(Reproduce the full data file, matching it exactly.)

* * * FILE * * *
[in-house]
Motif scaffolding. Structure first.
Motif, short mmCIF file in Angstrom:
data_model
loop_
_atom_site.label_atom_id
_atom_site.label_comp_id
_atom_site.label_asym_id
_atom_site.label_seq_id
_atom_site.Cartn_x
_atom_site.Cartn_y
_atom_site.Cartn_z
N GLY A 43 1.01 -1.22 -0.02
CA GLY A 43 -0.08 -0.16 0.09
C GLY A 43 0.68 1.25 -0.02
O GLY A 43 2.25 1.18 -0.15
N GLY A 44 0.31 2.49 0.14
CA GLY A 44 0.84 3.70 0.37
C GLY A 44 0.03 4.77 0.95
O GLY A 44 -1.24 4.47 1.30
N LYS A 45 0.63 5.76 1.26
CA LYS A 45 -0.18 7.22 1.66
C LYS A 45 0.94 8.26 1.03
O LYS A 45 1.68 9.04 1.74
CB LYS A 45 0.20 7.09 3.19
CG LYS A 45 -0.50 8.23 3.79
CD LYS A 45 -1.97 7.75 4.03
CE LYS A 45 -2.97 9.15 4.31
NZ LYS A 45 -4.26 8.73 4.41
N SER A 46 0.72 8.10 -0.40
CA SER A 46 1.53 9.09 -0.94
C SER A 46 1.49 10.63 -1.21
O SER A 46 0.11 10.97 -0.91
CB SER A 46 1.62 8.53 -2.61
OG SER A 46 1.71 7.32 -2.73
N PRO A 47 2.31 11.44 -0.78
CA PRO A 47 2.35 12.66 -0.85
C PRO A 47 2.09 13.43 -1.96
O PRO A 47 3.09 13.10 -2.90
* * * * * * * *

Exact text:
[in-house]
Motif scaffolding. Structure first.
Motif, short mmCIF file in Angstrom:
data_model
loop_
_atom_site.label_atom_id
_atom_site.label_comp_id
_atom_site.label_asym_id
_atom_site.label_seq_id
_atom_site.Cartn_x
_atom_site.Cartn_y
_atom_site.Cartn_z
N GLY A 43 1.01 -1.22 -0.02
CA GLY A 43 -0.08 -0.16 0.09
C GLY A 43 0.68 1.25 -0.02
O GLY A 43 2.25 1.18 -0.15
N GLY A 44 0.31 2.49 0.14
CA GLY A 44 0.84 3.70 0.37
C GLY A 44 0.03 4.77 0.95
O GLY A 44 -1.24 4.47 1.30
N LYS A 45 0.63 5.76 1.26
CA LYS A 45 -0.18 7.22 1.66
C LYS A 45 0.94 8.26 1.03
O LYS A 45 1.68 9.04 1.74
CB LYS A 45 0.20 7.09 3.19
CG LYS A 45 -0.50 8.23 3.79
CD LYS A 45 -1.97 7.75 4.03
CE LYS A 45 -2.97 9.15 4.31
NZ LYS A 45 -4.26 8.73 4.41
N SER A 46 0.72 8.10 -0.40
CA SER A 46 1.53 9.09 -0.94
C SER A 46 1.49 10.63 -1.21
O SER A 46 0.11 10.97 -0.91
CB SER A 46 1.62 8.53 -2.61
OG SER A 46 1.71 7.32 -2.73
N PRO A 47 2.31 11.44 -0.78
CA PRO A 47 2.35 12.66 -0.85
C PRO A 47 2.09 13.43 -1.96
O PRO A 47 3.09 13.10 -2.90